limiting choices rather than expanding them. The lecture will begin at 4:15
p.m. on Wednesday, October 2 in the Scheuer Room and will be followed by a
reception. All faculty, students, and staff are welcome.
Facing off against 10th-ranked McDaniel this past Saturday, the field
hockey team notched a major victory, taking the match 1-0. Emily Szydlowski
’05 scored the only goal of the contest, while goalie Kate Nelson-Lee ’03
recorded eight saves in net for Swat’s first back-to-back shutouts since
2000. The Garnet are now 4-4 on the season and 1-0 in the Centennial
Despite not having beaten Gettysburg since the 1980’s, and despite getting
outshot 12-3 in Saturday’s contest, the women’s soccer team managed to snap
its 12-game losing streak against the Bullets with a 1-0 victory. Tanya
Hahnel ’05 tallied the lone score off an assist from Shavaugn Lewis, and
Catherine Salussolia ’04 pulled in eight saves to seal her fourth shutout
of the season. With the win, the Garnet’s record improves to 6-5 overall
and 2-2 in the Centennial.
Competing in the ITA Southeast Regional tennis tournament this weekend, #4
Anjani Reddy ’04 advanced through the first four rounds of competition to
earn a match with two-time NCAA Division III Singles champion Elena
Blanina, of Methodist. Blanina, who is the tourney’s top-seed, will face
Reddy at 9:00 a.m. this morning.
Reddy breezed through the preliminary rounds and quarterfinals to reach the
match, losing no more than three games in any set.
Her teammate Caroline Celano ’04, ranked 10th overall, also fared well,
making it to the quarterfinals yesterday before falling to 8th-seeded
Christina Weng of Carnegie Mellon.
Both the men’s and women’s cross-country squads had strong showings at
Saturday’s Salisbury University Tidewater Invitational.
The women finished third out of fifteen teams, paced by junior Maria-Elena
Young’s fourth-place finish. Also earning points for the Garnet were Carrie
Ritter ’06 (12th), Lauren Fety ’06 (17th), Molly Maurer ’06 (24th), and
Njideka Akunyili ’04 (30th).
The men did just as well, taking fourth place in the eighteen-team field.
Soph sensations Lang Reynolds and James Golden led the Garnet, with fifth
and seventh-place finishes, respectively. Meanwhile, Joe Makin ’03 (15th),
James Kreft ’06 (39th), and Adam Hunt ’06 (51st) all had solid showings as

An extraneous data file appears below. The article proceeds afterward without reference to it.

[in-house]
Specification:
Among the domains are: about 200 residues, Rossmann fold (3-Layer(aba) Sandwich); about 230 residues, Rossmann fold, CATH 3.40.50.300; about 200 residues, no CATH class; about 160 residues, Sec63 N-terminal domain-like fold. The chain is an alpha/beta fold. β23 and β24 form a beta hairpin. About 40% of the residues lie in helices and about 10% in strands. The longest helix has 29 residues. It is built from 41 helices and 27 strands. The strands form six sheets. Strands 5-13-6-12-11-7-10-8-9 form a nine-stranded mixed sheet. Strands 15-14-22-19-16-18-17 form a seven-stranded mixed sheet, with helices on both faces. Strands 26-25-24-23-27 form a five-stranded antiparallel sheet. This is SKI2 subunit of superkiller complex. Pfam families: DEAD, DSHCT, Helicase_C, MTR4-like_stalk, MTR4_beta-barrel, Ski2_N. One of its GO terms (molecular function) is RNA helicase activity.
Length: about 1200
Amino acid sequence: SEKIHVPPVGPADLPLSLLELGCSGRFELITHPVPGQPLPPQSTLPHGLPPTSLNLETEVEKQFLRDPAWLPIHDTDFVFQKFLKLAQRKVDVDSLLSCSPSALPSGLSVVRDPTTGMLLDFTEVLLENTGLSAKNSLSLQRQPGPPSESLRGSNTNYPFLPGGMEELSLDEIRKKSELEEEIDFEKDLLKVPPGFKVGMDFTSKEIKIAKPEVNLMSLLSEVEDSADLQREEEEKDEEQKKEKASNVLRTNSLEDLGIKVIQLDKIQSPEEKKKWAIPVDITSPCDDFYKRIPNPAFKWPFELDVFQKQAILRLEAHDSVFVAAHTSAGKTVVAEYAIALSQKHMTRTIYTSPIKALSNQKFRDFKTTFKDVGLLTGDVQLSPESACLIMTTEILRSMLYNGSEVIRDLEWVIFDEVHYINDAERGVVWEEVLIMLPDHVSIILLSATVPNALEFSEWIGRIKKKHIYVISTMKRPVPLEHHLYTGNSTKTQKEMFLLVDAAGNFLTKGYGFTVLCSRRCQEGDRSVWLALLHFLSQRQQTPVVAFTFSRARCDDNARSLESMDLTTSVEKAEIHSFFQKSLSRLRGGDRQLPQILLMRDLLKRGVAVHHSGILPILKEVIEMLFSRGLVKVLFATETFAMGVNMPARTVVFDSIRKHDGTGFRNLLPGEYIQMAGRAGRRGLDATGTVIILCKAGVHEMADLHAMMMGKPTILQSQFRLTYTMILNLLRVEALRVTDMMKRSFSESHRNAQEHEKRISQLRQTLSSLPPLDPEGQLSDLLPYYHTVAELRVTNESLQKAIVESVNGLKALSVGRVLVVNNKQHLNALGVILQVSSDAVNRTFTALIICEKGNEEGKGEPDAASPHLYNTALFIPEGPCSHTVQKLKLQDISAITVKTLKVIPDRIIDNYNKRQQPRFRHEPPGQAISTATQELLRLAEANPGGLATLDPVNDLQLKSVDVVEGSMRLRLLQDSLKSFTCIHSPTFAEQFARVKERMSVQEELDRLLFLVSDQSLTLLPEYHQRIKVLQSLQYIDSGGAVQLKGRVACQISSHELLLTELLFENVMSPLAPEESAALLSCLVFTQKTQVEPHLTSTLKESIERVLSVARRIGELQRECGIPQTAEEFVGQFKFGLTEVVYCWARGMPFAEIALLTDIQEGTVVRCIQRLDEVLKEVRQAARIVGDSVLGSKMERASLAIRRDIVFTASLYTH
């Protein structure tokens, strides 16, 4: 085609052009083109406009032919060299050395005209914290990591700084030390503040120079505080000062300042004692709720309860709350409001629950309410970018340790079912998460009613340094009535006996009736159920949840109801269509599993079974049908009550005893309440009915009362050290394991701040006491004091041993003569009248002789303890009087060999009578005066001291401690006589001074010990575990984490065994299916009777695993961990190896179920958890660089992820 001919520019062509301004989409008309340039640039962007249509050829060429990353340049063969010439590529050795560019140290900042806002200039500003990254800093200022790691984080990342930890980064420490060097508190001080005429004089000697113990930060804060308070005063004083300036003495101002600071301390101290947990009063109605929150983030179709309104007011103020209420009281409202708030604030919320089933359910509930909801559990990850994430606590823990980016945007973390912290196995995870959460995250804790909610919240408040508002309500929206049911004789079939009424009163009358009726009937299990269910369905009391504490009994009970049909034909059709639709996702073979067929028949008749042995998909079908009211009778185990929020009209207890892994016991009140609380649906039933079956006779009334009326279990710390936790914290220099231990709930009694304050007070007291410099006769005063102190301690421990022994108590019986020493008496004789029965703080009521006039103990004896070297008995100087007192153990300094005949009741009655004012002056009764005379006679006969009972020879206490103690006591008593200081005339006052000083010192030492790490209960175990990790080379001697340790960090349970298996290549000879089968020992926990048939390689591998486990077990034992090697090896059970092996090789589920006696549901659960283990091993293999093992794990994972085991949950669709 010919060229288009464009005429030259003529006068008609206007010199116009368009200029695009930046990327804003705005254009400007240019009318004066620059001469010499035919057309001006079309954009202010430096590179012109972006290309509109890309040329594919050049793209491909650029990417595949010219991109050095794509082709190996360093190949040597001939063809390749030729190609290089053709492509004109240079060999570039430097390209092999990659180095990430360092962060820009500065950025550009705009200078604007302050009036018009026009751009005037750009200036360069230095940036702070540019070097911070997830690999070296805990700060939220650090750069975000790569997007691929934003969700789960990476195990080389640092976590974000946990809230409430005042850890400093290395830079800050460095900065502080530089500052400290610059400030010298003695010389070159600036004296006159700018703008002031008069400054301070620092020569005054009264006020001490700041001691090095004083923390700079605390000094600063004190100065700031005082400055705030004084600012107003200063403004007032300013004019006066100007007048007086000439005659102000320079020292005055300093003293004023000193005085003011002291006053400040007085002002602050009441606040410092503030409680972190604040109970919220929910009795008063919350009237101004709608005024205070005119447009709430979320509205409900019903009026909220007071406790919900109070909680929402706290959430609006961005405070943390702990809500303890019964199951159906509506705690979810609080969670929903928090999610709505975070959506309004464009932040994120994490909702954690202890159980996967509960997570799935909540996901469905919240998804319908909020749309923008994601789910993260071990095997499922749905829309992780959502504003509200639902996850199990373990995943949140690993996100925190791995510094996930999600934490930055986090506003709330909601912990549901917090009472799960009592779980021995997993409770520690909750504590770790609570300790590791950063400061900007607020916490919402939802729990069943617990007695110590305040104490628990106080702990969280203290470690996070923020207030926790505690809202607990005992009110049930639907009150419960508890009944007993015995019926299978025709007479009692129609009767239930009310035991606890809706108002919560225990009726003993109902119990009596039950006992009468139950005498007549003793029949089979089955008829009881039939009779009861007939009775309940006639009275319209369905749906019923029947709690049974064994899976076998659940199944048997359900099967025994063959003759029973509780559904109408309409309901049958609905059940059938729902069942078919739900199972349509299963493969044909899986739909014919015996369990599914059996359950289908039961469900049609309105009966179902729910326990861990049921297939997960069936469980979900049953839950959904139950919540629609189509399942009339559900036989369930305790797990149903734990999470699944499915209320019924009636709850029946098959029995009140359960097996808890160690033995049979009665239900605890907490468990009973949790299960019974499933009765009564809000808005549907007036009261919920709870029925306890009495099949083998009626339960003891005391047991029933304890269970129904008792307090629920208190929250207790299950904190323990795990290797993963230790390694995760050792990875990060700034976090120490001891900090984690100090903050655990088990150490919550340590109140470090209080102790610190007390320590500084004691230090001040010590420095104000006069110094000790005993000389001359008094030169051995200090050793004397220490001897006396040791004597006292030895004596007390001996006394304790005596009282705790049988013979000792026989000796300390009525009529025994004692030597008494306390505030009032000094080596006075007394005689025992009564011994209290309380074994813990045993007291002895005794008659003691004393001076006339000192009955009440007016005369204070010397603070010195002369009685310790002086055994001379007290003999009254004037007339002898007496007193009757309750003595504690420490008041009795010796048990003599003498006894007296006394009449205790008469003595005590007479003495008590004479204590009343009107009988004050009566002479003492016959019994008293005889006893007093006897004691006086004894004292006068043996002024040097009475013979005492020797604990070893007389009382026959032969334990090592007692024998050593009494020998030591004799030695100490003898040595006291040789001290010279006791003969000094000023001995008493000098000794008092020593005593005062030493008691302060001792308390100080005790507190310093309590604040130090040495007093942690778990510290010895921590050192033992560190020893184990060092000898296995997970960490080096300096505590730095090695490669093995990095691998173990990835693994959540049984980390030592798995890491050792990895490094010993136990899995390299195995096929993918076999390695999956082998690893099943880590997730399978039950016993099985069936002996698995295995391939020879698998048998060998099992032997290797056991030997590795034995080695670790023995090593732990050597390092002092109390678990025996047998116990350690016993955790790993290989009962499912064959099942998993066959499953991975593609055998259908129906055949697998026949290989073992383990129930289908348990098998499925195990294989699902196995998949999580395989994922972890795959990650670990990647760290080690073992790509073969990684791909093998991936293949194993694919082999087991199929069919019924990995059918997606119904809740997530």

Even with the inertia of a six-game losing streak working against them, the
volleyball team came out and dominated their Saturday match against
Rutgers-Camden, taking the contest 3-0 (30-19, 30-16, 30-11). Natalie
Dunphy ’05 posted excellent numbers across the scoresheet to snap the
streak, including seven kills and five solo blocks. Also strong for the
Garnet were Emma Benn ’04 (14 digs, six kills) and Emily Conlon ’06 (23
assists, five kills).
Unfortunately, the Garnet could not start up a positive streak of their
own, dropping the second match to Alvernia, 3-0 (30-21, 30-23, 30-19). Even
in defeat though, the Garnet managed to post some big numbers, including 13
digs from Benn and 18 assists from Conlon.
With the split, the squad’s record is now 2-7 on the season.
Facing off against McDaniel (formerly Western Maryland) in Saturday’s
Homecoming contest, the men’s soccer team played an incredible game, but
came up just short, falling in two overtimes, 3-2. Despite falling behind
2-0 by halftime, the Garnet stormed back in the second on first-ever goals
from frosh John Tuthill and Nick Graham. Unfortunately, the Garnet couldn’t
find a third and the game came to a close when the Green Terror struck
again in the second overtime period. Reuben Heyman-Kantor ’06 made 11 saves
in net for the squad. The loss leaves the team with an 0-2 record in the
Centennial and a 4-5-1 tally overall on the season.
There are no contests scheduled for today.
Field hockey at Bryn Mawr, 4:30 p.m.
QUOTE OF THE DAY
“Suburbia is where the developer bulldozes out the trees, then names the
streets after them.”
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Living/Arts Editor: Evelyn Khoo
News Reporters: Charlie Buffie
Sportswriters: Holice Kil
Photographers: Liz Bada
World News: Pei Pei Liu
Campus Sports: Jeremy Schifeling
Weathercaster: Josh Hausman
The Daily Gazette is published Monday through Friday by an independent
group of Swarthmore College students. The Daily Gazette Web Site is updated
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Our world news roundup is compiled daily, using a variety of sources, most
notably the Associated Press (www.ap.org),
Reuters (www.reuters.com), CNN
(www.cnn.com), and The New York Times (www.nytimes.com).
the weather forecast was provided by the National Weather Service.
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This concludes today’s report.